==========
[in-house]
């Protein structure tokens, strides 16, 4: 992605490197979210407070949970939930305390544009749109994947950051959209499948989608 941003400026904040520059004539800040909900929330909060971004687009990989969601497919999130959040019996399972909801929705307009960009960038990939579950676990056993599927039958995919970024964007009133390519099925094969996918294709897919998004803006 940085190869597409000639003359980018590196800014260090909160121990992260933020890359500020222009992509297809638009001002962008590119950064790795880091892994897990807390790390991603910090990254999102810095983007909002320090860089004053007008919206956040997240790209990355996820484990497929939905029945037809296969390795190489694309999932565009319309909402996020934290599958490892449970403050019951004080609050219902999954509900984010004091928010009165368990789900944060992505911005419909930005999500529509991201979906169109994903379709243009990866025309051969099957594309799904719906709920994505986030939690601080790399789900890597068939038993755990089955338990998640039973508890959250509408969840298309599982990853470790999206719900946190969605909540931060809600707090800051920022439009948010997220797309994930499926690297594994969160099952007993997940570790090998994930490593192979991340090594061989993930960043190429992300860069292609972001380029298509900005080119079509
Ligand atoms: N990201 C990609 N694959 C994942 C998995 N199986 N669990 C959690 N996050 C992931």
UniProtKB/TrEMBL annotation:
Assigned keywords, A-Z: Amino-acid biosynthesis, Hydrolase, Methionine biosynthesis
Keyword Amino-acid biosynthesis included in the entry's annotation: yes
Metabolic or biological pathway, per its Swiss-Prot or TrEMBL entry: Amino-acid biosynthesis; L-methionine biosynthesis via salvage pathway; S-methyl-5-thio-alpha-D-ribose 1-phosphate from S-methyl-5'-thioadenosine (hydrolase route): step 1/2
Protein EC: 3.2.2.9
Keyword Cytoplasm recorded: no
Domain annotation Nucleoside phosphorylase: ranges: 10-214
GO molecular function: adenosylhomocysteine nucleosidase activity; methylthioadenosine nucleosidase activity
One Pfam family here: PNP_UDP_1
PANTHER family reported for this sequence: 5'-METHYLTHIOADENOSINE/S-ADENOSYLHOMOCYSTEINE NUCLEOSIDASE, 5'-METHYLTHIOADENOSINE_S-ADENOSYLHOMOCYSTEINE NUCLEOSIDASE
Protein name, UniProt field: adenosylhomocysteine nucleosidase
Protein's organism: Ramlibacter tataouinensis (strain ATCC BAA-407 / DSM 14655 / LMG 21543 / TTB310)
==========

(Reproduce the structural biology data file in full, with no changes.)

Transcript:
[in-house]
């Protein structure tokens, strides 16, 4: 992605490197979210407070949970939930305390544009749109994947950051959209499948989608 941003400026904040520059004539800040909900929330909060971004687009990989969601497919999130959040019996399972909801929705307009960009960038990939579950676990056993599927039958995919970024964007009133390519099925094969996918294709897919998004803006 940085190869597409000639003359980018590196800014260090909160121990992260933020890359500020222009992509297809638009001002962008590119950064790795880091892994897990807390790390991603910090990254999102810095983007909002320090860089004053007008919206956040997240790209990355996820484990497929939905029945037809296969390795190489694309999932565009319309909402996020934290599958490892449970403050019951004080609050219902999954509900984010004091928010009165368990789900944060992505911005419909930005999500529509991201979906169109994903379709243009990866025309051969099957594309799904719906709920994505986030939690601080790399789900890597068939038993755990089955338990998640039973508890959250509408969840298309599982990853470790999206719900946190969605909540931060809600707090800051920022439009948010997220797309994930499926690297594994969160099952007993997940570790090998994930490593192979991340090594061989993930960043190429992300860069292609972001380029298509900005080119079509
Ligand atoms: N990201 C990609 N694959 C994942 C998995 N199986 N669990 C959690 N996050 C992931």
UniProtKB/TrEMBL annotation:
Assigned keywords, A-Z: Amino-acid biosynthesis, Hydrolase, Methionine biosynthesis
Keyword Amino-acid biosynthesis included in the entry's annotation: yes
Metabolic or biological pathway, per its Swiss-Prot or TrEMBL entry: Amino-acid biosynthesis; L-methionine biosynthesis via salvage pathway; S-methyl-5-thio-alpha-D-ribose 1-phosphate from S-methyl-5'-thioadenosine (hydrolase route): step 1/2
Protein EC: 3.2.2.9
Keyword Cytoplasm recorded: no
Domain annotation Nucleoside phosphorylase: ranges: 10-214
GO molecular function: adenosylhomocysteine nucleosidase activity; methylthioadenosine nucleosidase activity
One Pfam family here: PNP_UDP_1
PANTHER family reported for this sequence: 5'-METHYLTHIOADENOSINE/S-ADENOSYLHOMOCYSTEINE NUCLEOSIDASE, 5'-METHYLTHIOADENOSINE_S-ADENOSYLHOMOCYSTEINE NUCLEOSIDASE
Protein name, UniProt field: adenosylhomocysteine nucleosidase
Protein's organism: Ramlibacter tataouinensis (strain ATCC BAA-407 / DSM 14655 / LMG 21543 / TTB310)